products are more successful + profitable (involving testing + user feedback tofurther develop)

• but most options for being more customer focused are to slow or there is screening bias (you can get screened out so at some point so you lie to be part of the survey) → which is because of extrinsic motivation (also leads to speeding/bad free text)
• the goal is to have intrinsic motivation where appinio comes in
• features: quickie questions + ask own questions + gamification + compare opinions with others

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  • 13664 Karteikarten
  • 503 Studierende
  • 19 Lernmaterialien

Beispielhafte Karteikarten für deinen Digitalization Kurs an der Leuphana Universität - von Kommilitonen auf StudySmarter erstellt!

Q:

Psychometric profile and targeting

A:

•test the effects of psychological persuasion on people’s actual behavior over 3.5 million individuals with psychologically tailored advertising
• matching the content of persuasive appeals to individuals’ psychological characteristics significantly altered their behavior as measured by clicks and purchases
• Persuasive appeals that were matched to people’s extraversion or openness-to-experience level resulted in up to 40% more clicks and up to 50% more purchases than their mismatching or unpersonalized counterparts
• the application of psychological targeting makes it possible to influence the behavior of large groups of people by tailoring persuasive appeals to the psychological needs of the target audiences

Q:

Consequences of Digitalization

A:

1. jobs will change dramatically

  • Computerization (bottle-neck-variables according to Frey & Osborne): 
    • social intelligence, e.g. PR-manager won't lose his job, a dishwasher will
    • creativity, e.g. fashion designer will stay, court clerk will go
    • perception and manipulation, e.g. surgeon stays, telemarketer goes
  • Job profiles will be changed due to automation and digitalization
    • missing skills is one of the main gaps in digital transformation (77%)

2. cyber security has to be increased 

3. new regulations need to be put in place

4. ethical question: 

  • several factors should be taken into consideration
    • interest of general public, conflicting interests, balance of power, contribution to data generation, data right



Q:

Why does the ECJ treat the original publication (in "La Vanguardia"'s website) different from the results of a search engine?

A:

just the link with his name has to be deleted, not the whole newspaper article, because it is a legal publication
• it is much harder to find, if google doesn’t show it
• Article 17 Right to erasure (“right to be forgotten”)
• the erasure of personal data, if they are no longer necessary
• this might be a compromise

• ECJ thinks that a google result is much worse than a simple publication on a website, but as soon as google find it withnin the search for a name it is much relevant for personal data protection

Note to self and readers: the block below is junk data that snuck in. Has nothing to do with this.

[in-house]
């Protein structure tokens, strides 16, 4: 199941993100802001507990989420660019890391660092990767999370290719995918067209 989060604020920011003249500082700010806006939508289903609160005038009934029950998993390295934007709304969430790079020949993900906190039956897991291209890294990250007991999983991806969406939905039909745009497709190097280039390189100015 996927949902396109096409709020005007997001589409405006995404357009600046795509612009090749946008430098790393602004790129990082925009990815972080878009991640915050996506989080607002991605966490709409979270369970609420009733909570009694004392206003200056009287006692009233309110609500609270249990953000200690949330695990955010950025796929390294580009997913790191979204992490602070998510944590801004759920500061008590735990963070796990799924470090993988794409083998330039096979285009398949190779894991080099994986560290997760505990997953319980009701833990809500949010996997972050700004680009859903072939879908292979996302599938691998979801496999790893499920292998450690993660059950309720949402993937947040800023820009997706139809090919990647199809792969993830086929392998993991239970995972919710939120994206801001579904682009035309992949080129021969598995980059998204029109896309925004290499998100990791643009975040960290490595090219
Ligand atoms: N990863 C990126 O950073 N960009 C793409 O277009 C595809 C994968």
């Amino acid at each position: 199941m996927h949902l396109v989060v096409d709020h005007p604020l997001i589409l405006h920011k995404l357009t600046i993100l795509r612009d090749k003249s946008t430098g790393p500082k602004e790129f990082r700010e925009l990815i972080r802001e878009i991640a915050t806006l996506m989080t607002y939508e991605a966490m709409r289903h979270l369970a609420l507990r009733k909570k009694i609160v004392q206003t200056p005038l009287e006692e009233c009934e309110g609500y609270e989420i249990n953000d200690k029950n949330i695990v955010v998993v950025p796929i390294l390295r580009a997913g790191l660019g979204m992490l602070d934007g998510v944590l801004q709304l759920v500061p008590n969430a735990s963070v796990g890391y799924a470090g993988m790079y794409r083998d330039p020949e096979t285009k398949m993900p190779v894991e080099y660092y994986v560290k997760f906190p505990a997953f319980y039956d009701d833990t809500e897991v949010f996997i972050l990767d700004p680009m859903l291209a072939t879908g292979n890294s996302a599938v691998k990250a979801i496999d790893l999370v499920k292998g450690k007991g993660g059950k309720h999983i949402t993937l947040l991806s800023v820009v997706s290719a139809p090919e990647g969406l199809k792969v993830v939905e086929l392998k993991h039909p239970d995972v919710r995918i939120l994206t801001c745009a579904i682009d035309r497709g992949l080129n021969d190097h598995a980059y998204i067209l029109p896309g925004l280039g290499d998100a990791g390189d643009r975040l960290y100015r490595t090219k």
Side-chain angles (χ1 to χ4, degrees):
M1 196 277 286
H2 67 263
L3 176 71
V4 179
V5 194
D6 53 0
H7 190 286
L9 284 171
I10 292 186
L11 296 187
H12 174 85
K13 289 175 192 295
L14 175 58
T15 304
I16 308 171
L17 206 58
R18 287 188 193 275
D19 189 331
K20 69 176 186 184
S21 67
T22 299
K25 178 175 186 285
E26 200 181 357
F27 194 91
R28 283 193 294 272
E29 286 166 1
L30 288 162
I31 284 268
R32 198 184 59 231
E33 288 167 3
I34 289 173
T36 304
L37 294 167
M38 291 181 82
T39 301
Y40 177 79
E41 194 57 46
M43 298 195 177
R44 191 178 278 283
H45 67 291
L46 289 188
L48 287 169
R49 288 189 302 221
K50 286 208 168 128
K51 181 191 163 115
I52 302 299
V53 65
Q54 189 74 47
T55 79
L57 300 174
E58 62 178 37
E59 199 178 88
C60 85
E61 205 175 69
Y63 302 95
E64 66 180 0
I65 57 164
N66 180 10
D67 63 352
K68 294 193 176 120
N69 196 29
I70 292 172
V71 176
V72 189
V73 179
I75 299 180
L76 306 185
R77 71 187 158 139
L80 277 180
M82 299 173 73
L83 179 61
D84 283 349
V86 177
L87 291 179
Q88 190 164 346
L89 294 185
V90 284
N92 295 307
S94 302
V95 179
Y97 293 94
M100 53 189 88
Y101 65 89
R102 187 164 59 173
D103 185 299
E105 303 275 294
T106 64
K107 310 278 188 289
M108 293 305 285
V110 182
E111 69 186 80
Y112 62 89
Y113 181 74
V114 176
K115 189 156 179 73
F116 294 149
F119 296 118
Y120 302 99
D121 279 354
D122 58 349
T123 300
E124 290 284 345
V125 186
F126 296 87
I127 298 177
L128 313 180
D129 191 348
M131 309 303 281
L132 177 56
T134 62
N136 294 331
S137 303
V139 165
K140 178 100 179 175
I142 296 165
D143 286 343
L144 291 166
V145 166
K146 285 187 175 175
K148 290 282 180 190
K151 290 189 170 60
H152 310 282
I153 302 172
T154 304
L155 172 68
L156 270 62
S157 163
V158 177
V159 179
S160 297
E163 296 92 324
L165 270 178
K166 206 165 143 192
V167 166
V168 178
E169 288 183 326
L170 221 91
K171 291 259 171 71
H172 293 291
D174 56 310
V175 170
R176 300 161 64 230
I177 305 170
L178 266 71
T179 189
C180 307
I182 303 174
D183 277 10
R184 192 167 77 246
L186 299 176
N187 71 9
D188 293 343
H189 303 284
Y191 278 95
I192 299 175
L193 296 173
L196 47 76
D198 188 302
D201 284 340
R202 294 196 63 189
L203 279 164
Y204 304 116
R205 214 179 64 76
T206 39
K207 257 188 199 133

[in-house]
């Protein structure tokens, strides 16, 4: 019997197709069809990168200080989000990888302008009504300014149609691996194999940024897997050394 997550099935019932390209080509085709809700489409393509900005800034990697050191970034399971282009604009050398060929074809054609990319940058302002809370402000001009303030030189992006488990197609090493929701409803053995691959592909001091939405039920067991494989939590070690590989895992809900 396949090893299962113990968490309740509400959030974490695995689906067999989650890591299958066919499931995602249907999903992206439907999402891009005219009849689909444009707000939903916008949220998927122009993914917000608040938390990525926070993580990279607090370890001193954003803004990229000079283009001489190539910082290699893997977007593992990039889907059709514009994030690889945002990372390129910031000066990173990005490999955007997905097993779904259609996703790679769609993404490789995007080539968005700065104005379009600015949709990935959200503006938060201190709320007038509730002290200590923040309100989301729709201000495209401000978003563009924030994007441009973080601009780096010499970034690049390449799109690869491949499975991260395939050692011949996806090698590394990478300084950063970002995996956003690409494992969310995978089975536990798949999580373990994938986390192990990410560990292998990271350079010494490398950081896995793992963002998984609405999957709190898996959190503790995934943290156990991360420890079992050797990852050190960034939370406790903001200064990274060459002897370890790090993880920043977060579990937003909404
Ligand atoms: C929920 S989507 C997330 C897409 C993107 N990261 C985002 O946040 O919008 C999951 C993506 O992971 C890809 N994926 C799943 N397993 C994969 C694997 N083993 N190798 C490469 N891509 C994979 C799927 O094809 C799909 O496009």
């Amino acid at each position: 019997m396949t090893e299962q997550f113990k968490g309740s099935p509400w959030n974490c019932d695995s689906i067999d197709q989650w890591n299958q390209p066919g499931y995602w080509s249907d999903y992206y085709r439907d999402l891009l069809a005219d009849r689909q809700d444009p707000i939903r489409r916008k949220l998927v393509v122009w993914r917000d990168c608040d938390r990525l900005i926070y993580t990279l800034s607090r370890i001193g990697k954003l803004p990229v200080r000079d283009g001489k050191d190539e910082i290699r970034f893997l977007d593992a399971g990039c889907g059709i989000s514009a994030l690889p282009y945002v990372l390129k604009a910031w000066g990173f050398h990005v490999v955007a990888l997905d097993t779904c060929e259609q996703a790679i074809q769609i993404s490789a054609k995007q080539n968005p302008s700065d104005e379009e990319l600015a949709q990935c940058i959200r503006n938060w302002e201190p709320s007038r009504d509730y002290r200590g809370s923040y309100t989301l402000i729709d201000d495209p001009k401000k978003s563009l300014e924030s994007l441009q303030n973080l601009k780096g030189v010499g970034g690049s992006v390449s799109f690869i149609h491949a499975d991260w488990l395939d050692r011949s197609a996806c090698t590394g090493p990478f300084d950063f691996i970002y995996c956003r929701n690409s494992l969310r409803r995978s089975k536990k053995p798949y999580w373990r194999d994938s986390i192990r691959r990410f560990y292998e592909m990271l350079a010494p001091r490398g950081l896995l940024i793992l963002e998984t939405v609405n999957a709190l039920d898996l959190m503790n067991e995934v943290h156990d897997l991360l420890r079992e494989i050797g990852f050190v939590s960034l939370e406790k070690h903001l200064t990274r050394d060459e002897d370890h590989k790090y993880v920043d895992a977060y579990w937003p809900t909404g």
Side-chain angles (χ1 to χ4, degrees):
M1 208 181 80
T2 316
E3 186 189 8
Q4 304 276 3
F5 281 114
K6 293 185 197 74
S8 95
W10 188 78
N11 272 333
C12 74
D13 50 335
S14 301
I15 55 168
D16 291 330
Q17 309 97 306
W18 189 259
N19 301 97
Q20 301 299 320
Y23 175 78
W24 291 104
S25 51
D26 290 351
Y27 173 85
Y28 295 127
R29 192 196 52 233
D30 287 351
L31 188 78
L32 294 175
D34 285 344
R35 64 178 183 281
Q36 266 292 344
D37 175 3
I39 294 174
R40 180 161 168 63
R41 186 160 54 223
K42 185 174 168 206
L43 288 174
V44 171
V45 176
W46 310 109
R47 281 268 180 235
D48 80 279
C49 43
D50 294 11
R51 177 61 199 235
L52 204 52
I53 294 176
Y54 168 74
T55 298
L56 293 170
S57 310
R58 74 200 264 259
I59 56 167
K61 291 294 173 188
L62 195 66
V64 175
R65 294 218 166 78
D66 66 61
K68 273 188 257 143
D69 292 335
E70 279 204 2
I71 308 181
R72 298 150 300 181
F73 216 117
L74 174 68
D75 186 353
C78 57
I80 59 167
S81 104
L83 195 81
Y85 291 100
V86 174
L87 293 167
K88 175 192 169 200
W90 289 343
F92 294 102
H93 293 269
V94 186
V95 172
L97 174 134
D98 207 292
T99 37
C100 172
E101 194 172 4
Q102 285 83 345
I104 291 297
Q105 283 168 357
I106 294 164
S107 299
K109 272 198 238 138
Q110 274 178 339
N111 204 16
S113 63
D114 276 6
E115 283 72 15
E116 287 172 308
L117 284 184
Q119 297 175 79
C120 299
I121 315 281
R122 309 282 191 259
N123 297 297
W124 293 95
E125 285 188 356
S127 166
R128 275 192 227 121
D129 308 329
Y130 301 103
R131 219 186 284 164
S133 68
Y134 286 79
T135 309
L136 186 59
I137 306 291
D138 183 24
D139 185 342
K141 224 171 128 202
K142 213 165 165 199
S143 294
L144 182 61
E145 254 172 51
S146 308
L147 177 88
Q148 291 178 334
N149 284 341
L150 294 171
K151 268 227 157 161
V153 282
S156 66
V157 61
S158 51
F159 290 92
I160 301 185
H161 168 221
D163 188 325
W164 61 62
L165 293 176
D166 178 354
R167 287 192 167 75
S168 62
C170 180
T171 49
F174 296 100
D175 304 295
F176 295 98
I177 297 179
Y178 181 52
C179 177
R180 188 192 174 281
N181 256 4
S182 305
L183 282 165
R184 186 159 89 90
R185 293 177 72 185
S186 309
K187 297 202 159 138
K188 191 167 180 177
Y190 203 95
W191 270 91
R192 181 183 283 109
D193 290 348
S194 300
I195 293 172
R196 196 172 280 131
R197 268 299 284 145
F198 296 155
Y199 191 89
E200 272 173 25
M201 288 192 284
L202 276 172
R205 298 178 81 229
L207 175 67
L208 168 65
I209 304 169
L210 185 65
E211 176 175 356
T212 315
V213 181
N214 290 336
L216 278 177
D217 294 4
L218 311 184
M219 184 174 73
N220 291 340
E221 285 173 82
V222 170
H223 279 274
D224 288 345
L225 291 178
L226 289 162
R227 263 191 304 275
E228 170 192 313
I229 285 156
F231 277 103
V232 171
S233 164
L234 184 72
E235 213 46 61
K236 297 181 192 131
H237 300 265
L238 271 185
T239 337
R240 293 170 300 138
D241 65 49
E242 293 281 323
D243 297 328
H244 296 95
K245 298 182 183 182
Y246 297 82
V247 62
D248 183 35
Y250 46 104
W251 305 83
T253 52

Q:

Vial, 2019: Understanding digital transformation

A:

Defining DT

  • digital transformation (DT) has emerged as an important phenomenon in strategic information system (IS) research: 
    • Definition: DT encompasses the profound changes taking place in society and industries using digital technologies 
    • organizational level: argued, that firms must find ways to innovate with these technologies by devising "strategies that embrace the implications of digital transformation and drive better operational performance" 

Observations

  • DT primarily relates to organizations 
  • Important differences exist across definitions with regards to the types of technologies involved as wenn as the nature of the transformation taking place
  • In spite of the differences, similarities exist across definitions

Differences

Analysis reveals that circularity, unclear terminology, and the conflation and its impacts, among other challenges, hinder the conceptual clarity of DT

Q:

Different levels of digital transformation

A:
  1. process level: improving existing processes by implementing digital technology
  2. Business Capability Level: implementing new processes and capabilities (but the business model stays the same) 
  3. Enterprise level: Transformation of business model
  4. Ecosystem/ Industry Level: transformation beyond the scope of the enterprise (mainly business/ platform ecosystems) 
Mehr Karteikarten anzeigen
Q:

Problems/challenges with MLPA

A:

Reliability, validity and (a-)theoretical foundation
- content-free “scale development” → a-theoretical, e.g. Hell Kitty; younger age, high openness, low agreeableness/conscientiousness/emotional stability
- discriminant validity between Big 5 factors (shared indicators)
“Substantive”, content validity logically a challenge
- Data collected → then variables extracted (curly fries →intelligence)
- Hence → theoretically identify “logical” indicators
Algorithms a predictive “black box” → what do they actually measure?
Recommender systems → revealing pregnancy of an unmarried woman

Q:

2. Job creation and destruction


A:

2.1 potential effects of automation


  • displacement of employees due to automation of jobs/task
  •  productivity effect: innovations increase firms‘ productivity, reduce costs and prices, demand increases, output increases; new/better products/services can be produced; the economy expands